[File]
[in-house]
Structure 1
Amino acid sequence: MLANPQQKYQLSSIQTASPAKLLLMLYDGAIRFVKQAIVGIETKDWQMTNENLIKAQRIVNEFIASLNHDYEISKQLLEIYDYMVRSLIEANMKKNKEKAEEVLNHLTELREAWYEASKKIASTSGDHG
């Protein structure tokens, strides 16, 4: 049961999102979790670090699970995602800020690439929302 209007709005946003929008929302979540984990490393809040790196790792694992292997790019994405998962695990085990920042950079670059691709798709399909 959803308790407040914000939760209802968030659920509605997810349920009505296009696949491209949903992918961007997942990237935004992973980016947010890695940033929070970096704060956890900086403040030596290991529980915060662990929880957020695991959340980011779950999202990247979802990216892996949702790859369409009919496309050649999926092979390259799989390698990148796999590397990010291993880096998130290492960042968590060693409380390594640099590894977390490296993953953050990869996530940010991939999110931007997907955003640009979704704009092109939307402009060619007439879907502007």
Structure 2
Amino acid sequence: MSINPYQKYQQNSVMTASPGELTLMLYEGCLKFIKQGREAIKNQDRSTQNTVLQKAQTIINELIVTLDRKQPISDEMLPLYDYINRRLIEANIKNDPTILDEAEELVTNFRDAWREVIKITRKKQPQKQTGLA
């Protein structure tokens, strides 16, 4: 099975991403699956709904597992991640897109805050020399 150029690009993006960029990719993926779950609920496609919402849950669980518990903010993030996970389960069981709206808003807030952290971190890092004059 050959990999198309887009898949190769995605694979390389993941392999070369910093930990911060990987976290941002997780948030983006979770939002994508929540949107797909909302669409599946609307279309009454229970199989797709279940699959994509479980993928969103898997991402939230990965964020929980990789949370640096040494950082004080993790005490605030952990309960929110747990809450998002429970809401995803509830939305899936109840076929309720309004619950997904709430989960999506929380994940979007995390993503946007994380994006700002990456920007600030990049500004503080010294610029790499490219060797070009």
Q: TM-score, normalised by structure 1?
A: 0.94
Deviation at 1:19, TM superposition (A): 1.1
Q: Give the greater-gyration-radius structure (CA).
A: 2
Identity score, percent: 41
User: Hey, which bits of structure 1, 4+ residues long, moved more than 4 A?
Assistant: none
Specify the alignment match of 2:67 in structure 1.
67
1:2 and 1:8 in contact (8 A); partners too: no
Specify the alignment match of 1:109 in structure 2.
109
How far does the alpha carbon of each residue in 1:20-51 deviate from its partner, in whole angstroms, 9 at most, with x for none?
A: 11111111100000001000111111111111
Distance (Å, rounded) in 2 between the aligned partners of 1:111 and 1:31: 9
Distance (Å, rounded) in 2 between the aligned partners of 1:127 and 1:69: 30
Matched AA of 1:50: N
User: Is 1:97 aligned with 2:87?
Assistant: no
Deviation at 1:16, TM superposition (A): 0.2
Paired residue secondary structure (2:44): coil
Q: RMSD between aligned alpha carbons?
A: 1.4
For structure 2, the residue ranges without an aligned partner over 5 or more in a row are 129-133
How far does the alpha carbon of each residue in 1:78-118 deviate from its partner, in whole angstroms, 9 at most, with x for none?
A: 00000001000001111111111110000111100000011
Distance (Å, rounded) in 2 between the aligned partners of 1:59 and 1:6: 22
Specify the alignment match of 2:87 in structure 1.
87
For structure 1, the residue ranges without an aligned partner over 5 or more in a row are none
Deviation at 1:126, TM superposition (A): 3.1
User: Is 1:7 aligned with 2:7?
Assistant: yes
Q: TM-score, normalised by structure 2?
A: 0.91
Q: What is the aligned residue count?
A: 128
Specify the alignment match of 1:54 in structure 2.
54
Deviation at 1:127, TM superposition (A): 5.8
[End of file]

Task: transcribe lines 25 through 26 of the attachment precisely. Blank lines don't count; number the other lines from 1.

Matched AA of 1:50: N
User: Is 1:97 aligned with 2:87?